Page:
Terror of the toilet

Beware the Supernatural Bathroom Spirits, Toilet Deities, and Dung Demons

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Every place in the world has its own legends and superstitions. These led to beliefs about gods, demons, and spirits which haunt a certain location. Even toilets have their own otherworldly beings.

Toire no Hanako-san: A Small Girl Haunting Schools

In Japan, Toire no Hanako-san (meaning “Hanako of the Toilet”) is a little girl dressed in a red skirt who has bobbed hair and inhabits the third stall on the third floor of elementary school toilets. Those who want to summon Hanako must knock three times on the stall door and ask whether or not she is in there.

Generally, Hanako is considered to be a harmless spirit, but there are some violent and frightening versions of the legend. In one interpretation, she can drag the individual into the toilet if the door is opened upon her response. She can apparently be stopped if the individual presents a perfect score on an exam. Another frightening version of the legend speaks of a giant lizard with three heads using the voice of a little girl to attract its prey.

Hanako of the Toilet.

Hanako of the Toilet. ( Image Source )

Kawaya no Kami: An Excrement Toilet God of Protection

Japanese mythology also speaks about Kawaya no Kami, the toilet god who was born from the excrement of the goddess Izanami. As early toilets were darker and more dangerous than present ones, Kawaya no Kami was said to provide protection to those using them.

In respect for the god, people would keep their toilets clean, decorated them as a shrine, and even dined there in order to symbolize eating the food which the god had left. When people were not respectful enough of the toilet deity, their children were said to be born ugly and unhappy. Also, before using the toilet, people had to make their presence known by coughing because Kawaya no Kami was said to have the form of a blind man hiding at the bottom of the toilet clutching a spear.


Popular in Japan and Korea, Aka-Manto is an evil spirit of the toilet. This spirit is said to appear wearing a white mask and a red cloak. Females are thought to find him very attractive. The spirit hides in the stall and once the person enters he asks if the person would like a red cloak or a blue cloak.

By answering red, the person’s neck would be sliced by the spirit, so that the blood may flow resembling a red cloak. By answering blue, the individual will be choked to death, so that his or her face would turn blue. If the person tries to trick the spirit by saying another color, he or she will apparently get dragged to Hell through the toilet. The only way to escape death caused by the evil spirit is by answering “yellow”. This will result in the spirit shoving the person’s face into the toilet full of waste instead.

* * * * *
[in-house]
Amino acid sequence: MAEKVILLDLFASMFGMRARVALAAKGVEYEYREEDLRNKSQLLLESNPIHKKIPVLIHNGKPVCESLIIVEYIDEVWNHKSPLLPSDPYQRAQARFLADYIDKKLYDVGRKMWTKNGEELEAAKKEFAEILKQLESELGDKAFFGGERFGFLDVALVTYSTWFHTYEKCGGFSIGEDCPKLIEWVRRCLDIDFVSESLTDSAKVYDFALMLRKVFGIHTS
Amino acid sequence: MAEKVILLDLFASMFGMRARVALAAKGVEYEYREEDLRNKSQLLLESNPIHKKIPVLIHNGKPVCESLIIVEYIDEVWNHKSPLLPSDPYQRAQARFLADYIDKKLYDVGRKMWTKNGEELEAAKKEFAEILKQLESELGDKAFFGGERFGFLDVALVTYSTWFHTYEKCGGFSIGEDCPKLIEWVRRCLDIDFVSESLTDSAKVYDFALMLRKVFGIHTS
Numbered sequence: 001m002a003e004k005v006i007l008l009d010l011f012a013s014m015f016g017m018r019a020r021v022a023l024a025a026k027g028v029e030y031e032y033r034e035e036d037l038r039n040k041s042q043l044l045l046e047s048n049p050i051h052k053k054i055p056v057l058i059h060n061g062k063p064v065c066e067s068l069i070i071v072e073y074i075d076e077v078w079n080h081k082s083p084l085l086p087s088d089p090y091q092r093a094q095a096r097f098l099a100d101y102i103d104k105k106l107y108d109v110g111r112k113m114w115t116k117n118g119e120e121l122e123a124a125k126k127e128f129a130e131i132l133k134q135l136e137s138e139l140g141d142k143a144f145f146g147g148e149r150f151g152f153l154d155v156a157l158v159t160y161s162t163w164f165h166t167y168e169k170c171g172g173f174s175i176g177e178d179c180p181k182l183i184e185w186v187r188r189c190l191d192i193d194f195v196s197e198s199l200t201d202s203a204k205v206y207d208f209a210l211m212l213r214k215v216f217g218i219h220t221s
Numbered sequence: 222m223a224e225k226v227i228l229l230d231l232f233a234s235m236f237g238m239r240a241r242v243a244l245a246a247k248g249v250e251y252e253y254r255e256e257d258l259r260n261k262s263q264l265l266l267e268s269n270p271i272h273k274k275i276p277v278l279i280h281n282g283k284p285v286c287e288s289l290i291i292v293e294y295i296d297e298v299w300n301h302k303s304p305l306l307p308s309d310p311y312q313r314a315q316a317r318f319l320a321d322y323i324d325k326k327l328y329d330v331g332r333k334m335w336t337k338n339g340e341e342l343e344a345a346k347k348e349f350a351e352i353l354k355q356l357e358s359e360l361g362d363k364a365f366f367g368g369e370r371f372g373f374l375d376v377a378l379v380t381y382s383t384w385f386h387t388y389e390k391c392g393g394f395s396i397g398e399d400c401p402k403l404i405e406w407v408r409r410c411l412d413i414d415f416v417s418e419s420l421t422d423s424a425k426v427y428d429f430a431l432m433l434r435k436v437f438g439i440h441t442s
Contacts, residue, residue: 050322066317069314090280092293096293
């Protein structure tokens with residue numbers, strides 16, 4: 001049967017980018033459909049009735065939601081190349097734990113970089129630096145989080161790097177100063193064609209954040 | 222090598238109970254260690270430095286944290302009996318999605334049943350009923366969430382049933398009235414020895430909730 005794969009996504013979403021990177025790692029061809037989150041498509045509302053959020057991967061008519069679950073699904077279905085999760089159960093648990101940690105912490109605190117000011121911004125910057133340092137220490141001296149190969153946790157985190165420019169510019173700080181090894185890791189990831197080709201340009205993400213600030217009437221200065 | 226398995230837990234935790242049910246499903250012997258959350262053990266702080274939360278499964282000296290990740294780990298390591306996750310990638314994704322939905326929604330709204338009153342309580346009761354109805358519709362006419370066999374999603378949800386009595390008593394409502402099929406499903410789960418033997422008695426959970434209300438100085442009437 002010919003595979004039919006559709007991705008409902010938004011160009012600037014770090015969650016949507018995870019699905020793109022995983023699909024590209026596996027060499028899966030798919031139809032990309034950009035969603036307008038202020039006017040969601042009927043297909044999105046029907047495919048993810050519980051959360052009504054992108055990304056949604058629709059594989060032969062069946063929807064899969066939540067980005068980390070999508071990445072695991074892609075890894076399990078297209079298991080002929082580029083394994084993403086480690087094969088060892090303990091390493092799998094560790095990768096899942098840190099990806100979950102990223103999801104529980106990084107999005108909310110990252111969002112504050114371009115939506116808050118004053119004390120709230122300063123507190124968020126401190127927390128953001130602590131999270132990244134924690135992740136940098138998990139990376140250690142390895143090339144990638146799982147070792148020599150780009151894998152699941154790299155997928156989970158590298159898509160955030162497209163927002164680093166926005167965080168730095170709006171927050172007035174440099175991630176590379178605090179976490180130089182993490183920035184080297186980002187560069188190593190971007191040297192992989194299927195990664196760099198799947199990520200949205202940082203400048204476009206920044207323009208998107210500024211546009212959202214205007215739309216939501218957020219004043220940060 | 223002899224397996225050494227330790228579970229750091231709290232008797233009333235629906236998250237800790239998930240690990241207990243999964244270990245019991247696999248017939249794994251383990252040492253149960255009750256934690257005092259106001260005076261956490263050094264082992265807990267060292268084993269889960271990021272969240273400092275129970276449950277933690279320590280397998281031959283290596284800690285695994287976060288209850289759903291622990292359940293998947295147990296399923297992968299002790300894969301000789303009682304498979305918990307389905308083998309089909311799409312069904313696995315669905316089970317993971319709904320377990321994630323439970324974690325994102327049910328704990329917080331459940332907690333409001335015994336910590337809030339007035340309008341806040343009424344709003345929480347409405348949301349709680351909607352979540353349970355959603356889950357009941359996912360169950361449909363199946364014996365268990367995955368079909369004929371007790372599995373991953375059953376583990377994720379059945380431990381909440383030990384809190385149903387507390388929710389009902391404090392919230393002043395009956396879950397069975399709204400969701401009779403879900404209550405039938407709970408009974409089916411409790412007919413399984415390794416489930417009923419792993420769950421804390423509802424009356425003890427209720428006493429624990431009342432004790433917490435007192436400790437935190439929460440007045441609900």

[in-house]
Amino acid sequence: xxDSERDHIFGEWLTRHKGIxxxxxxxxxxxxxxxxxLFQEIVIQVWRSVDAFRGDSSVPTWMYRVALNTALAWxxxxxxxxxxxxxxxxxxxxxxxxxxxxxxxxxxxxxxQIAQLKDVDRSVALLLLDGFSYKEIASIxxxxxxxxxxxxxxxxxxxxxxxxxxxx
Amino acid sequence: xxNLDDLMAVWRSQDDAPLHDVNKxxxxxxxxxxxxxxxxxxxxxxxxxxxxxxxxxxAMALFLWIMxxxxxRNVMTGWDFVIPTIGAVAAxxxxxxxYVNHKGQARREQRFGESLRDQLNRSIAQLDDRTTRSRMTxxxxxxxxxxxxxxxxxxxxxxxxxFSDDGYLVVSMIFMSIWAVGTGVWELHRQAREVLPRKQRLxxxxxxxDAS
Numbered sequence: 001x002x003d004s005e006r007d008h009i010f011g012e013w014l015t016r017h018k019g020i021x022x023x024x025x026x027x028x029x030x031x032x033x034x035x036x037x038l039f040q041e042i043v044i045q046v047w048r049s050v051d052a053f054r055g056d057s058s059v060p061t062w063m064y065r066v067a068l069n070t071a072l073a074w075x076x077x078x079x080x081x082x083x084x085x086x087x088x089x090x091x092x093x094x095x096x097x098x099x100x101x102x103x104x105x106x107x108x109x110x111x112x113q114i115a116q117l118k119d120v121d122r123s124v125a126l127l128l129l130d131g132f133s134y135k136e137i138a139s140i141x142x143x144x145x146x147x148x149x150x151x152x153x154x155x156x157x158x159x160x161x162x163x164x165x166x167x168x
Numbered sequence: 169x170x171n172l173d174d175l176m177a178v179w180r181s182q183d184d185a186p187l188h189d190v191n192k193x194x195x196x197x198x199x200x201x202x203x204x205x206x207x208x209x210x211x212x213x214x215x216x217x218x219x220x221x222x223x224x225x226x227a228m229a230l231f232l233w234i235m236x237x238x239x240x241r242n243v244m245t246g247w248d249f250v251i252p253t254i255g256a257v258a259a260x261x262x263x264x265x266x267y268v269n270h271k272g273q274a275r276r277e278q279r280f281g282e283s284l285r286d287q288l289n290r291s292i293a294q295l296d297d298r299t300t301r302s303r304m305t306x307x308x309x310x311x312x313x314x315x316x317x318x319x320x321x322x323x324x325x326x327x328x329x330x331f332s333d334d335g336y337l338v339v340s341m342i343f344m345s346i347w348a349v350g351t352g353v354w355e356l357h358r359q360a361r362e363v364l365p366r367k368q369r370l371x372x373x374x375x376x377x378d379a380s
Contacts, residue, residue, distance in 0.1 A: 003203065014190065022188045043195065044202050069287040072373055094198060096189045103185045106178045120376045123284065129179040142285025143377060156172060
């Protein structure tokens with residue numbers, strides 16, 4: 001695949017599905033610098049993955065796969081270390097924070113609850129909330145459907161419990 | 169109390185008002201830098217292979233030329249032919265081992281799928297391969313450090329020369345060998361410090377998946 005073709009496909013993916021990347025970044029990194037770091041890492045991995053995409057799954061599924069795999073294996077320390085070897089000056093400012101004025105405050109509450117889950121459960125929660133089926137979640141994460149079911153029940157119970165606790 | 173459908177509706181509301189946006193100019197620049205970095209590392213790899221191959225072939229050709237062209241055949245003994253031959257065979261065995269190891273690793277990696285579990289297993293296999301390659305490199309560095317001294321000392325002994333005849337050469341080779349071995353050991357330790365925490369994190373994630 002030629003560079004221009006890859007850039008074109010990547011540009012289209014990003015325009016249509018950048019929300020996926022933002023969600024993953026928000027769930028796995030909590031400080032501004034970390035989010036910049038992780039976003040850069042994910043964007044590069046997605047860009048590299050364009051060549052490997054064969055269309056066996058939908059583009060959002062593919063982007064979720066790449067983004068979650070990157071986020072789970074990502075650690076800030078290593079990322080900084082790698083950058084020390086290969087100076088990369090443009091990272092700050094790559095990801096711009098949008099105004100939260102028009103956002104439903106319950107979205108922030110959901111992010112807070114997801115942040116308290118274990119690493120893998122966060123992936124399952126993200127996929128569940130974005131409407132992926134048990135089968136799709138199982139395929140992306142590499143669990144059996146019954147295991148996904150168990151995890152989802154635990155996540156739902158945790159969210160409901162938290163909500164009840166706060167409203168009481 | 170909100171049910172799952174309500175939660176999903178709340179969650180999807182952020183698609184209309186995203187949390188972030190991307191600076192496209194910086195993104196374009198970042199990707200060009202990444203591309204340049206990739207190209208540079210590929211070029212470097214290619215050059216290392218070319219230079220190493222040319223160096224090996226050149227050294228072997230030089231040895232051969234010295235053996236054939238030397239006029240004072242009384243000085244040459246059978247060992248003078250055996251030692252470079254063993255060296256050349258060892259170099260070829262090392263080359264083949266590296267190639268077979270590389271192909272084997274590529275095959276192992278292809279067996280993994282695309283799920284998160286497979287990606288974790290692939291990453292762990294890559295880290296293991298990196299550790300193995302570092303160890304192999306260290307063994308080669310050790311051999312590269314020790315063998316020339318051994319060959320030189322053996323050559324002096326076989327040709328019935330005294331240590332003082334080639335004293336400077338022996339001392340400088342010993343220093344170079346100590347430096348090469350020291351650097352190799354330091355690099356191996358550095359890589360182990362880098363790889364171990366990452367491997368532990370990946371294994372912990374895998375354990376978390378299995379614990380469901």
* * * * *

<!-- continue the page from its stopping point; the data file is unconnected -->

Representation of the spirit of Aka-Manto.

Representation of the spirit of Aka-Manto. ( YouTube Screenshot )

Mask Death Demon: Kashima Reiko

Another evil spirit from Japan who hides in restrooms is Kashima Reiko. Having turned into a malevolent ghost after suffering a tragic death, she hides in school and household bathrooms searching for her legs. When she appears to ask where her legs are, the individual must answer “On the Meishin Expressway”. The spirit will then ask who gave the individual that information, and he or she must answer: “Kashima Reiko told me”. But she also has a trick question in store. When she asks what her name is, she must be told that her name is “Mask Death Demon”.

Kashima Reiko.

Kashima Reiko. ( Image Source )

Akaname: Keeping Toilets Clean

The demon Akaname has a terrifying appearance and poisonous saliva. However, as he is attracted to untidiness, his purpose is to lick up filth thus leaving the toilets clean. He is the least dangerous of all the toilet gods and demons and he is said to have originated as a scare tactic for children to keep toilets clean.

An akaname as depicted in the first volume of Toriyama Sekien's 18th century Gazu Hyakki Yakō.

An akaname as depicted in the first volume of Toriyama Sekien's 18th century Gazu Hyakki Yakō. ( Public Domain )


I don’t find it surprising that people attached mythology to toilet areas as I imagine they were smelly places to be avoided until absolutely necessary. Even the Roman bathrooms probably didn’t smell very good despite the running water, since after someone used the sponge on a stick to clean themselves, they merely rinsed it in the water and replaced it for the next person to use. Imagine what that looked and smelled like at the end of the day (and I wonder how often they were replaced).

I would be willing to bet there are a lot more such demons and spirits out there if one knew where to look.

To the Romans, Cloacina was the goddess of the sewer and toilet. She was later merged with Venus and was viewed as an aspect of the love goddess where she not only ruled over the sewers and toilets but also protected sexual intercourse.

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